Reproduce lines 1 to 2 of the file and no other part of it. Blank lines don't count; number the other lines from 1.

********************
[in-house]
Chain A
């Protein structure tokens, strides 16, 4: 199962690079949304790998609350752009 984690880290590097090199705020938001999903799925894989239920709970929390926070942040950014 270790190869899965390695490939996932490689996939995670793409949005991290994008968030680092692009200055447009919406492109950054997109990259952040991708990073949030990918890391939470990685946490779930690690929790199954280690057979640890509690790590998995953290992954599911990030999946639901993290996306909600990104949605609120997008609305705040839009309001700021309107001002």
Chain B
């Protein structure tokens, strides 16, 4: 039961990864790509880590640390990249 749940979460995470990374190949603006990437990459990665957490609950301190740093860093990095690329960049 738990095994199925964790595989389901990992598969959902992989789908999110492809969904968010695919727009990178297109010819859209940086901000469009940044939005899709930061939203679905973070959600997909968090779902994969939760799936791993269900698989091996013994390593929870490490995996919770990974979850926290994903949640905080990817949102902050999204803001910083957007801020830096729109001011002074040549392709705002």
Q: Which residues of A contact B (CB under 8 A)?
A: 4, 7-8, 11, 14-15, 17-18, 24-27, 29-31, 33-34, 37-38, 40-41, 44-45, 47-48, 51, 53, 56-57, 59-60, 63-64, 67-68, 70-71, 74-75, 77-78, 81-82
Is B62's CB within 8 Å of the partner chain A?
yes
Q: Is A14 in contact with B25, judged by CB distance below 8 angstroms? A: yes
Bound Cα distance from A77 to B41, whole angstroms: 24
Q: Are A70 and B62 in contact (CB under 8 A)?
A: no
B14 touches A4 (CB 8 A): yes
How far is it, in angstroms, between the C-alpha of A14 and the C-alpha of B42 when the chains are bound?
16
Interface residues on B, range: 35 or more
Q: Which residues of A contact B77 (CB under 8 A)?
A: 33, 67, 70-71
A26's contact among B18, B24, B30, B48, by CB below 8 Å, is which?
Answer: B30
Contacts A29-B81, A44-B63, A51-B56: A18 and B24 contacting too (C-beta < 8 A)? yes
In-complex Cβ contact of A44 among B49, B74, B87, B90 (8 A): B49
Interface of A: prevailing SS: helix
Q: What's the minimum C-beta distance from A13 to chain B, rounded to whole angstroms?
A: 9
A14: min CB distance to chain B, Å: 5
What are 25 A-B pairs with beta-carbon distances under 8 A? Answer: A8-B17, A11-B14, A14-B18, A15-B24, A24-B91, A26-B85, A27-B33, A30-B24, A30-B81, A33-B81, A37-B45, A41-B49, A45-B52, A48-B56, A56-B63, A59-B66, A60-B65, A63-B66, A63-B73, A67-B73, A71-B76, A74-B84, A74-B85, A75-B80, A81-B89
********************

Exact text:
[in-house]
Chain A